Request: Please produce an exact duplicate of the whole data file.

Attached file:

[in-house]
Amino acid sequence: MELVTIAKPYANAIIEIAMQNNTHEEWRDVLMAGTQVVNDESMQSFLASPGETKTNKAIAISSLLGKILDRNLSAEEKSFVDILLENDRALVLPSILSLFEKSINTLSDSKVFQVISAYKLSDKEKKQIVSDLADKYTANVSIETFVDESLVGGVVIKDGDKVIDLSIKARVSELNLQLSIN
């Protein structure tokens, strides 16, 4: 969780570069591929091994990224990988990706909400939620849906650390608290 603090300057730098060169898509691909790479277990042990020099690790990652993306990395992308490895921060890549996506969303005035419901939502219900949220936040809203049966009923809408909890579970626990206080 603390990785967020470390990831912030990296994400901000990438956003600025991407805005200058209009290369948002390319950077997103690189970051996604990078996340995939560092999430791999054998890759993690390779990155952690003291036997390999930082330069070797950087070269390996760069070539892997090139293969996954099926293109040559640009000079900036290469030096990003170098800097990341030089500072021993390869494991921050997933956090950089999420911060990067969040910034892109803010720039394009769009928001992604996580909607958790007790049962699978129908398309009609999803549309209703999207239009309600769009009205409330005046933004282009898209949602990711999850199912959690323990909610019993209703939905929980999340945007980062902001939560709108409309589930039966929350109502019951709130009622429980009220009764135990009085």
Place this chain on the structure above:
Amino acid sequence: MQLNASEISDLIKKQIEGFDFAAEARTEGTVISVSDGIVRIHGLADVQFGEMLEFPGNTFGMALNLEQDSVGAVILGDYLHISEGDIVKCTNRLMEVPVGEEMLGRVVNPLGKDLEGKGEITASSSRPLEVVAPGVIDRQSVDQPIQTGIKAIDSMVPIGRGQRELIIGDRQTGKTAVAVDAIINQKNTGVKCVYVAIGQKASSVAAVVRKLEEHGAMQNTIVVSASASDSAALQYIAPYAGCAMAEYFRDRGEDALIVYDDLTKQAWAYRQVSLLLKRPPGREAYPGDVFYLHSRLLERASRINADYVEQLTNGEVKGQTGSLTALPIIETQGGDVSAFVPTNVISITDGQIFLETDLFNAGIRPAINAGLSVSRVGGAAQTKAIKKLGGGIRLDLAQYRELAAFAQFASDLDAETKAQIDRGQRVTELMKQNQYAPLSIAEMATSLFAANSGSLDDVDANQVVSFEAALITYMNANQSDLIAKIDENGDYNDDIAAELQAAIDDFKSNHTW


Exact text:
[in-house]
Amino acid sequence: MELVTIAKPYANAIIEIAMQNNTHEEWRDVLMAGTQVVNDESMQSFLASPGETKTNKAIAISSLLGKILDRNLSAEEKSFVDILLENDRALVLPSILSLFEKSINTLSDSKVFQVISAYKLSDKEKKQIVSDLADKYTANVSIETFVDESLVGGVVIKDGDKVIDLSIKARVSELNLQLSIN
């Protein structure tokens, strides 16, 4: 969780570069591929091994990224990988990706909400939620849906650390608290 603090300057730098060169898509691909790479277990042990020099690790990652993306990395992308490895921060890549996506969303005035419901939502219900949220936040809203049966009923809408909890579970626990206080 603390990785967020470390990831912030990296994400901000990438956003600025991407805005200058209009290369948002390319950077997103690189970051996604990078996340995939560092999430791999054998890759993690390779990155952690003291036997390999930082330069070797950087070269390996760069070539892997090139293969996954099926293109040559640009000079900036290469030096990003170098800097990341030089500072021993390869494991921050997933956090950089999420911060990067969040910034892109803010720039394009769009928001992604996580909607958790007790049962699978129908398309009609999803549309209703999207239009309600769009009205409330005046933004282009898209949602990711999850199912959690323990909610019993209703939905929980999340945007980062902001939560709108409309589930039966929350109502019951709130009622429980009220009764135990009085």
Place this chain on the structure above:
Amino acid sequence: MQLNASEISDLIKKQIEGFDFAAEARTEGTVISVSDGIVRIHGLADVQFGEMLEFPGNTFGMALNLEQDSVGAVILGDYLHISEGDIVKCTNRLMEVPVGEEMLGRVVNPLGKDLEGKGEITASSSRPLEVVAPGVIDRQSVDQPIQTGIKAIDSMVPIGRGQRELIIGDRQTGKTAVAVDAIINQKNTGVKCVYVAIGQKASSVAAVVRKLEEHGAMQNTIVVSASASDSAALQYIAPYAGCAMAEYFRDRGEDALIVYDDLTKQAWAYRQVSLLLKRPPGREAYPGDVFYLHSRLLERASRINADYVEQLTNGEVKGQTGSLTALPIIETQGGDVSAFVPTNVISITDGQIFLETDLFNAGIRPAINAGLSVSRVGGAAQTKAIKKLGGGIRLDLAQYRELAAFAQFASDLDAETKAQIDRGQRVTELMKQNQYAPLSIAEMATSLFAANSGSLDDVDANQVVSFEAALITYMNANQSDLIAKIDENGDYNDDIAAELQAAIDDFKSNHTW